WASHINGTON - East Brunswick Police Chief Frank LoSacco will attend a nationwide ZOOM conference of Police Chiefs who will discuss the mental and emotional stress on police officers.  Sadly, some of this stress leads to officers committing suicide. The National Law Enforcement Memorial and Museum will host Preventing Death by Suicide: a Chief-to-Chief Leadership Wellness Discussion on Wednesday, October 14.

Suicide prevention is a major concern in law enforcement. This virtual panel discussion will explore programs and share other avenues that address suicide prevention by engaging law enforcement leadership in their strategies and best practices.

"In recent times, the police profession has suffered from a large increase in police suicides.  Currently, a police officer is more likely to take their own life than to be fatally injured in the line of duty.  This tragic fact has a lot to do with the unique combination of personal stress on police officers and the horrors and tragedies that we face and witness each day.

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It's never been more important for our police peers, supervisors, and leaders to identify signs and symptoms of officer distress.  I am looking forward to attending the October 14th Zoom conversation being hosted by the National Law Enforcement Memorial and Museum.  I hope to connect with Chiefs throughout the United States and continue to do whatever we can to keep our police physically and mentally fit. 

I am so proud of what our officers do and the dedication they show to our community every day.  The leaders of our agency are committed to keep everyone safe and healthy, " said LoSacco.

"As first responders, our nation's law enforcement officers face an enormous amount of mental stress," said National Law Enforcement Officers Memorial Fund CEO Marcia Ferranto. "The number of suicides in law enforcement is troubling. We are pleased to be able to bring a frank discussion to law enforcement leaders on this issue, and to help keep the men and women who serve both physically and mentally fit."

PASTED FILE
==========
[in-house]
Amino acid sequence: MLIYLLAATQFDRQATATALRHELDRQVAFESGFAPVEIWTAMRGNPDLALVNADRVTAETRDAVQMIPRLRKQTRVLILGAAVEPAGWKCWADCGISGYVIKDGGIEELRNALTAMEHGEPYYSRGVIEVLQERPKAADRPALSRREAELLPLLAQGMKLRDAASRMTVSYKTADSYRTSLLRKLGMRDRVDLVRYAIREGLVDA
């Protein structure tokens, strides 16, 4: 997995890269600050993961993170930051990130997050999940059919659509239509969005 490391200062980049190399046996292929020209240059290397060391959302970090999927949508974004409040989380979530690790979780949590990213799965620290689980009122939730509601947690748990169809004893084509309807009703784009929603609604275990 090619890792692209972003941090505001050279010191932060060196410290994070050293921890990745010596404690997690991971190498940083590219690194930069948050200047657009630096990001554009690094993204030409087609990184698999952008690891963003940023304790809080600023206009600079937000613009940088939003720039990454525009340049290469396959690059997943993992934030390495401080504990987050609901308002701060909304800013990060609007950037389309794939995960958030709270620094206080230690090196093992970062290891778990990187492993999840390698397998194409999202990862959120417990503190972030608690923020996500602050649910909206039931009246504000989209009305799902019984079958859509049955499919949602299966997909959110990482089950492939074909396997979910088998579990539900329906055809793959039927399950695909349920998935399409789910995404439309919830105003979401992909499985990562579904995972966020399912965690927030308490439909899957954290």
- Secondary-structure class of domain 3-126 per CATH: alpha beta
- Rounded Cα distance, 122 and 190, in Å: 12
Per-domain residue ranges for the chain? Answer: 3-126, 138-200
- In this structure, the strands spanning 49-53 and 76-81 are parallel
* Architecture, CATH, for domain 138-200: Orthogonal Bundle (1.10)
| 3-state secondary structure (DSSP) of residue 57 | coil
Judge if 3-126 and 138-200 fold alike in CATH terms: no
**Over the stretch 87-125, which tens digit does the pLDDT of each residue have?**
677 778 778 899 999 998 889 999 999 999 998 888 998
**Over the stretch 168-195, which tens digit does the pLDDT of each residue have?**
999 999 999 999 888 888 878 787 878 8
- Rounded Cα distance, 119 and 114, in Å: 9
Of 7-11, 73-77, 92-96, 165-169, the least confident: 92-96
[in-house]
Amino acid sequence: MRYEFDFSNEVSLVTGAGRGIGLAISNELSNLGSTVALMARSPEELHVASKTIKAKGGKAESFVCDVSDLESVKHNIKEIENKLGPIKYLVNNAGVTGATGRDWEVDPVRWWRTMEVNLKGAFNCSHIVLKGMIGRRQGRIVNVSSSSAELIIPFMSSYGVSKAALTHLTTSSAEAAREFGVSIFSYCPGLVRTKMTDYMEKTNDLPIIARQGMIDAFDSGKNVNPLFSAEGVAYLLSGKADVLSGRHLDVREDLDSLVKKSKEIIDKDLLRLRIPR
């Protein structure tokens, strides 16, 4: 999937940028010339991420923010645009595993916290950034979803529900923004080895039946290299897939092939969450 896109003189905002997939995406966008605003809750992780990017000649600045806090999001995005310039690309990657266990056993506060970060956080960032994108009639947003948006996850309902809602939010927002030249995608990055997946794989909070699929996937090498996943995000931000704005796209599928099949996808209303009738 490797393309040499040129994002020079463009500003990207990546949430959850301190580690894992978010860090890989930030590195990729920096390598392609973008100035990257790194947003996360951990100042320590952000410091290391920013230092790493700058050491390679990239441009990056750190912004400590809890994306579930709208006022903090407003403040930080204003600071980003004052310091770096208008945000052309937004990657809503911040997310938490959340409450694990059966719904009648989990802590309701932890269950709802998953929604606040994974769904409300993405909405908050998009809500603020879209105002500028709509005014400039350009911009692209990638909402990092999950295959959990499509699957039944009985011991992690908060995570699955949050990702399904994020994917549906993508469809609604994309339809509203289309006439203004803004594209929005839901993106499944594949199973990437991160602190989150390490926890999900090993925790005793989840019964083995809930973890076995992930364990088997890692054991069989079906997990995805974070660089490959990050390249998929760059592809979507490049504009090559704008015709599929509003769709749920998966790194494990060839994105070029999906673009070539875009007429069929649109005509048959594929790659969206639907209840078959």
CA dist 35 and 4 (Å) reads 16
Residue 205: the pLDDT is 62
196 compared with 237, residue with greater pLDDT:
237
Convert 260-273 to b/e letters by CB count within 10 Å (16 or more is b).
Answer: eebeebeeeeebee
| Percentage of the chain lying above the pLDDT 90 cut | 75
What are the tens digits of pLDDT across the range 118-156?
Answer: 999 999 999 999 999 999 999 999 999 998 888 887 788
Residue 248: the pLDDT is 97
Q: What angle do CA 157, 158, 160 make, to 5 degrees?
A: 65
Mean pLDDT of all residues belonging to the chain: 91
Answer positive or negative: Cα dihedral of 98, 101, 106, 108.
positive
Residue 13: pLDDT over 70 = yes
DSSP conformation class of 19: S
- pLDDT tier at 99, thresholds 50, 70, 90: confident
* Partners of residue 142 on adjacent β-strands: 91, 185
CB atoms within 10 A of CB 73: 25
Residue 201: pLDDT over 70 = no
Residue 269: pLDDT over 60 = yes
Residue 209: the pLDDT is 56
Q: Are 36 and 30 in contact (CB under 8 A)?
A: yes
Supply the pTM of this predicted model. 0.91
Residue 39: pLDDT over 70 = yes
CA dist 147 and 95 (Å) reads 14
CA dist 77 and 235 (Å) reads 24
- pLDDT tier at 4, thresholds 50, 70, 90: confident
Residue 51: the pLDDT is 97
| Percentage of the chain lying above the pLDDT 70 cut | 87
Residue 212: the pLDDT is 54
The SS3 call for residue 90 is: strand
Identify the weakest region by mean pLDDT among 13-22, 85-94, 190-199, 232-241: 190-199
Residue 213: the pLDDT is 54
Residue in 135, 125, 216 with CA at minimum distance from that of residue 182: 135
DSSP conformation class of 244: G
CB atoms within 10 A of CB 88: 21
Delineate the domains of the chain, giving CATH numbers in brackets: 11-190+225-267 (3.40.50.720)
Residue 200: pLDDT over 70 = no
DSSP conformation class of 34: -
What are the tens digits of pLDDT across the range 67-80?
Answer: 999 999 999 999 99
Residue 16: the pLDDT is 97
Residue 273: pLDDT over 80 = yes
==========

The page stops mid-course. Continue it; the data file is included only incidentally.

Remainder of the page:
Law enforcement chiefs from across North America will share their leadership journeys into enhancing officer wellness programs across an array of day-to-day professional services and response to critical incidents involving officer involved shootings, officer suicides, and other mental health events. The discussion will also include the impact of increasing morale and building acceptance for the concepts of creating a police family environment for all employees, volunteers, and retired personnel by demonstrating care and accepting that “it is okay not to be okay.”

The panel will equip peer chiefs with the knowledge, skills, and abilities to develop a true leadership culture that is compassionate and empathetic on all mental health issues. Together we can reduce death by suicide in the law enforcement profession.

Moderated by Colonel Edwin Roessler, Fairfax County (VA) Chief of Police, Preventing Death by Suicide: a Chief-to-Chief Leadership Wellness Discussion will also provide an understanding of how a chief’s personal wellness leads to effective program sustainability and mental wellness stigma reduction.

*The National Law Enforcement Memorial and Museum was established in 1984. The National Law Enforcement Officers Memorial Fund is a nonprofit organization dedicated to telling the story of American law enforcement and making it safer for those who serve. The National Law Enforcement Officers Memorial contains the names of 22,217 officers who have died in the line of duty throughout U.S. history.

For more information about the National Law Enforcement Officers Memorial, visit LawMemorial.org. Authorized by Congress in 2000, the 57,000-square-foot National Law Enforcement Museum at the Motorola Solutions Foundation Building tells the story of American law enforcement by providing visitors a “walk in the shoes” experience along with educational journeys, immersive exhibitions, and insightful programs. For more information on the Law Enforcement Museum, visit LawEnforcementMuseum.org.